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    Oh, the reality is totally different (for me). It is a phase changing energy/space/time/matter, existent at one time, non-existent at another, very much Quantum like. We Hindus term it as 'Brahman'. It is not a God. It is the substrate of all things in the universe and the universe itself. It is beyond existence and non-existence, which are limitations of human mind. Generally we can't think beyond the two terms and take them as separate.

    "Sarvam Khalu Idam Brahman" (All things here are Brahman) - Mandyukya Upanishad
    "Eko sad, dwiteeyo nasti" (What exists is one, there is no second) - Anonymous
    "Avyaktādīni bhūtāni, vyakta-madhyāni, bhārata; avyakta-nidhanāny eva, tatra kā paridevanā?"
    (All created beings are unmanifest in their beginning, manifest in their interim state, and unmanifest again when annihilated. So what need is there for lamentation?)
    BhagawadGita 2.28
    "sato bandhumasati niravindan hṛidi pratīṣyākavayo manīṣā ll"
    (Sages who searched with their heart's thought discovered the existent's kinship in the non-existent).
    Rig Veda: Rig-Veda, Book 10: HYMN CXXIX. Creation.
     
    #9 Aupmanyav, Jun 20, 2019
    Last edited: Jun 20, 2019
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  10. Erebus

    Erebus Well-Known Member

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    This is an interesting point and I think there's some truth to it. It's certainly true that over the course of my stay on RF, I've refined my own beliefs through discussion, debate and research. I'm not sure that actual debate is strictly necessary (though it can certainly be helpful) for this though. If you're capable of honest introspection, you can examine and challenge your own views in a way that others can't. Nobody knows your own mind better than you.

    What I do think is a necessary part of this process is a willingness to explore the views of others. Again, debate can be useful here but I think there's just as much good to be had from research and discussion. Other people can come up with ideas that never would have occurred to you after all.

    From a more practical viewpoint though, polytheism is in an awkward place when it comes to debate. Firstly, most criticisms of theism in my experience are centred on monotheism. Secondly, polytheism is an incredibly broad spectrum with a variety of understandings, making criticisms of specific types of polytheism scarce. Both of these contribute to a climate in which polytheists have very slim pickings when it comes to external criticism. This is also why I personally place so much emphasis on introspection.

    A final thing to note is that there's one criticism of polytheism that just makes me glaze over. That's the one that goes something along the lines of, "You're an idolater who can't see the truth of God." This one strikes me more as mudslinging than honest debate and I have very little patience for it.
     
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  11. beenherebeforeagain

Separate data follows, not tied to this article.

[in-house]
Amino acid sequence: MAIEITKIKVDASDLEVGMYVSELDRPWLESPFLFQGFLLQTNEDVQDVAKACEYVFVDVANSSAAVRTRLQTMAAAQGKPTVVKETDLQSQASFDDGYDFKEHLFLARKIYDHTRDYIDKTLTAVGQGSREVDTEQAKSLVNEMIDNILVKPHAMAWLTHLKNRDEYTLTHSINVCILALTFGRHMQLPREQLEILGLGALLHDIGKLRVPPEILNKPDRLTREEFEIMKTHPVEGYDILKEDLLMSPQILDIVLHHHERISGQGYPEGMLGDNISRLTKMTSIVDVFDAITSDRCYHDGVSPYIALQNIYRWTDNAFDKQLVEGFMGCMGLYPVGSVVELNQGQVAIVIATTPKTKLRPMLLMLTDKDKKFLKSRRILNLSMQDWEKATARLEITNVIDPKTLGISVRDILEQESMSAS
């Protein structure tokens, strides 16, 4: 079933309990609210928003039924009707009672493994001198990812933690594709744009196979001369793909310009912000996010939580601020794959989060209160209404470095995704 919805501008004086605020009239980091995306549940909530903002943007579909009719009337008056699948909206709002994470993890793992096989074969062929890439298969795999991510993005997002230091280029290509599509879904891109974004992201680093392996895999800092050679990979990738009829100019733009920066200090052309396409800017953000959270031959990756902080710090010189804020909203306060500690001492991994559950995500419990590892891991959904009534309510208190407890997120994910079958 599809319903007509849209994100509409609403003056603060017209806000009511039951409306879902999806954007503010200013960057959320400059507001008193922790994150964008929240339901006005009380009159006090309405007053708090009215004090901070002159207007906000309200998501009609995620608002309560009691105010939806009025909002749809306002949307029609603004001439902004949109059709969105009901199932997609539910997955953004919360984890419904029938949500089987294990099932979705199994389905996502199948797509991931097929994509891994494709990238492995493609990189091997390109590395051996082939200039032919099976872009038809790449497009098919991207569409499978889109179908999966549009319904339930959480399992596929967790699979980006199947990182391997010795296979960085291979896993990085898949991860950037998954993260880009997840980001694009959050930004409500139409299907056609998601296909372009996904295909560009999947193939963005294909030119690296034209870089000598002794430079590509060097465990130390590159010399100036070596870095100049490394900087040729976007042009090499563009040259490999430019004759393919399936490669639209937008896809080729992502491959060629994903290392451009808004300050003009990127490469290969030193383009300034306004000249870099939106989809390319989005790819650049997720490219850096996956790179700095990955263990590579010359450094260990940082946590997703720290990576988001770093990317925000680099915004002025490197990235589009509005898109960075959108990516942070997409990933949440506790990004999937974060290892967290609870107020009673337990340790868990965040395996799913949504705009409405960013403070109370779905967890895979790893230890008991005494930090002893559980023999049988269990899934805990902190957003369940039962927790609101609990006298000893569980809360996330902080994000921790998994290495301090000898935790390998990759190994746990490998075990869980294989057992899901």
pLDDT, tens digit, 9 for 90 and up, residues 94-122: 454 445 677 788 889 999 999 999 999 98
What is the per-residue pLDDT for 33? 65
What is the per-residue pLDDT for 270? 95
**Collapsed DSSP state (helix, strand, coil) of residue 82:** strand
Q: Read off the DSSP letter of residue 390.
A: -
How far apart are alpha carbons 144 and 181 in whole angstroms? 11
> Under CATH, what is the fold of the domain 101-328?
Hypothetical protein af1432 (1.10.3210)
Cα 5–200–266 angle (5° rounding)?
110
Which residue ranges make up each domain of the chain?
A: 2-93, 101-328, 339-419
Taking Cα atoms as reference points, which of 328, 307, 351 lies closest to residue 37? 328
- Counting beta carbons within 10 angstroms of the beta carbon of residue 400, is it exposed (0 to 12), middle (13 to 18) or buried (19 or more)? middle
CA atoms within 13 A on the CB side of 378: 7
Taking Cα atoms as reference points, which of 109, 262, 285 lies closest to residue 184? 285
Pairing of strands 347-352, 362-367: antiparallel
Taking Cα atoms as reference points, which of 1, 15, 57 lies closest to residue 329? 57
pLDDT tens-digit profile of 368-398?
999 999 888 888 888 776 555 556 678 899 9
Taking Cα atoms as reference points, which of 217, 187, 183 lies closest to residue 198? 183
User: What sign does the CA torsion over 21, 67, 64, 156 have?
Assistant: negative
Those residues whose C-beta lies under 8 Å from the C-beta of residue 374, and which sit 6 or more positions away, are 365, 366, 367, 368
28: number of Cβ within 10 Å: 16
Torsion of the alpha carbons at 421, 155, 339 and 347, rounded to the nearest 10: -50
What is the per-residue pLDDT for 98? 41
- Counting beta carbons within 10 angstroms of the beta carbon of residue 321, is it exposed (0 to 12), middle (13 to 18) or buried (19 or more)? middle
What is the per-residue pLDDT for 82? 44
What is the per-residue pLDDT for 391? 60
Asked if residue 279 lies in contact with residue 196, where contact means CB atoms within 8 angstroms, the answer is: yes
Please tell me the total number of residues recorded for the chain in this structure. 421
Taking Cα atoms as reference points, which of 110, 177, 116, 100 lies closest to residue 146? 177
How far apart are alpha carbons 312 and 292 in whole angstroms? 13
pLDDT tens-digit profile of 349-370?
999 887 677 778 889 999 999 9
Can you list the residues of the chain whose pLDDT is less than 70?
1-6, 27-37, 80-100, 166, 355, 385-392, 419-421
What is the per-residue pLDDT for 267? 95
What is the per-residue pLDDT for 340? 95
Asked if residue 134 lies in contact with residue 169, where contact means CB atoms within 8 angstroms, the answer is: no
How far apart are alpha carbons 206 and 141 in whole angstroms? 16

beenherebeforeagain Rogue Animist
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    I tend toward polytheism because, while everything may be One (one dreaming deity, one fairly short equation that encompasses all our observations of gravity, electromagnetism, strong force, weak force, dark energy, etc./whatever), our--or at least my--day-to-day experience is one of plurality. Even if it is all one, we're here where we experience not-one.

    Also, while I have experienced 'oneness,' that has only been at a few, unusual instances...and I realize that what I experience is only a limited part of what there is. Someone proposes that there is a universal deity...well...that's simply beyond my comprehension, beyond my ability to perceive, or conceive. I liken this to being exposed to two spotlights from about a foot away...one is a million candle-power, the other is a billion...which one is brighter? I cannot tell, because both are painfully blinding. I can understand that one is three orders of magnitude brighter than the other, but there is no way I can tell which is the brighter.

    So, that's a lot of my rationale...it is an explanation of why I don't do deities, even though I'm pretty polytheistic in my thoughts and beliefs.

    Is that helpful?
     
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  12. The Hammer

    The Hammer Well-Known Member

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    I do not disagree with this concept of Brahman, in fact I embrace it, but I do not name it. I've found that my one experience with this "Source", is that it is formless, timeless, changeless, and powerful, but it is ultimately "unknowable" mere energy/power, a kind of chaotic order; not a Deity in any sort of way. I find that through reading various traditions and myths, that all Gods are really man filtering this "Source" through the stories they know, and interacting with the Gods in this way (mankind is ultimately a species of storytellers). When we reach out/touch this source, our minds fashion Gods, in order to keep us in touch with 'this' reality.